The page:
Document Type


Publication details

Butler, GL 2009, 'Biology and conservation of the endangered eastern freshwater cod Maccullochella ikei Rowland, PhD thesis, Southern Cross University, Lismore, NSW.

Copyright GL Butler 2009


The eastern freshwater cod, Maccullochella ikei Rowland 1985, is an endangered species native to the Clarence and Richmond rivers of northern New South Wales, Australia. A combination of factors resulted in a significant decline in the abundance and range of the species in the early 1900s. By the 1970s, M. ikei was considered extirpated from the Richmond River system, and there remained only one self-sustaining population in an isolated sub-catchment of the Clarence River system. A Recovery Plan was implemented in 2004 to assist in the conservation of M. ikei, in accordance with the threatened species provisions (Part 7A) of the Fisheries Management Act 1994. A major issue highlighted within the plan was that the lack of published information on the biology of wild M. ikei might be a limiting factor in the recovery of the species. Therefore, to ensure the effective management and ongoing conservation of M. ikei, the aim of this study was to undertake research into a number of key areas of the species’ biology.

Underwater cameras were used to observe the breeding behaviour of wild M. ikei, over three years and across three areas in the Mann and Nymboida rivers, tributaries of the Clarence River system. Each area was 5-8 km in length and included a mix of pools, glides, runs, riffles and rapids. The annual breeding season for M. ikei was short and succinct, lasting only 8-10 weeks. Spawning commenced each year during the first week of spring in the area of lowest altitude, and approximately one week later in the closest upstream area. Day-length is the primary spawning cue for M. ikei, but increasing water temperature may also be of importance. Nesting sites were located in slow-flowing pools, under cover such as large boulders and bedrock shelves, at depths of 0.9 to 4.0 m, and had one or two distinct entrances only. The nesting site was vigorously cleaned by the male up to one week prior to spawning and was only entered by the female for spawning. Paternal care of eggs and larvae was undertaken for up to 24 days, after which larvae dispersed. Greater protection of breeding M. ikei must be a management priority to ensure long-term conservation of the species.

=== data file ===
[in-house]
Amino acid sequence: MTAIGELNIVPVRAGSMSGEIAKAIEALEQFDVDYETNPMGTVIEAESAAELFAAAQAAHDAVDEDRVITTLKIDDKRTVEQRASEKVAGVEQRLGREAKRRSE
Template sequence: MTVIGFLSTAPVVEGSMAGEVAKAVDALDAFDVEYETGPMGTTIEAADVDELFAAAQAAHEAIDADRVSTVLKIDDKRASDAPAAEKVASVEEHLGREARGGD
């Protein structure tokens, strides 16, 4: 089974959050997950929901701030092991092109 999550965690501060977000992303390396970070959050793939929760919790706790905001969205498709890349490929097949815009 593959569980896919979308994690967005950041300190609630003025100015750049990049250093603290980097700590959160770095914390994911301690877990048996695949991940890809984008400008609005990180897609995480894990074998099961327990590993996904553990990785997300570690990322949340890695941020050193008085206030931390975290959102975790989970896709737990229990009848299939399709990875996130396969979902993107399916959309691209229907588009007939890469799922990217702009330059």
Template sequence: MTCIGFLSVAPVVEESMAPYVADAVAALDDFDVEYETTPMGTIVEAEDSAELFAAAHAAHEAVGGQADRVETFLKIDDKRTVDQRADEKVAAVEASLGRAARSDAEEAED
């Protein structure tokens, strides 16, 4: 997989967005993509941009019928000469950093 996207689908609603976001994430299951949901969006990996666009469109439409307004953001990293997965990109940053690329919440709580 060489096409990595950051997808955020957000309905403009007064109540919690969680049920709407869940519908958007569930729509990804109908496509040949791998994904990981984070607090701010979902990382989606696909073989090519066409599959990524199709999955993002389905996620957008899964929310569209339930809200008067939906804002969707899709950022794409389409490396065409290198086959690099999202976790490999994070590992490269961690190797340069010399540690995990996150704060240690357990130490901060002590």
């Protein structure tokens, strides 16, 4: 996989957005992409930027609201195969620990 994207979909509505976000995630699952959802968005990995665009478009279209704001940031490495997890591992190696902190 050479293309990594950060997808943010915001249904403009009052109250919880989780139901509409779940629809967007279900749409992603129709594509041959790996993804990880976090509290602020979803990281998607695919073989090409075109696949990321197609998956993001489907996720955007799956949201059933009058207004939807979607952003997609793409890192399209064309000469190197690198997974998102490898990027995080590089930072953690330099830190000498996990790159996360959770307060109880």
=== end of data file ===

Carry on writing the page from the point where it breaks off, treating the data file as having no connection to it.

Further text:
Aspects of the ontogenetic behaviour and, growth and development of hatchling to day-30 M. ikei were studied under controlled, experimental conditions. Experiments included: stamina and burst swimming ability using a speed controlled flume; depth preference using a water-filled vertical tube; habitat preference using an artificial environment containing rocks and sand, and neutral areas constructed from white polyurethane; and photo-sensitivity using an enclosed light-box. Maccullochella ikei larvae grew constantly, but not consistently over the 30 days of the experiment. Burst swimming ability improved daily through until day-30, but swimming stamina declined significantly beyond day-13. Larvae were initially photonegative but switched to be positively phototactic beyond day-10. Depth preference was for the benthos until day-8, beyond which larvae dispersed to all depths when released. Habitat preference was for sand in young larvae but changed to the upstream neutral zone as the experiment progressed. The results suggest the period between day-10 and day-20 is the most critical in the early ontogeny of M. ikei, when larvae switched phototrophic behaviour, transitioned from endogenous to exogenous feeding, and exhibited a decline in sustained swimming ability.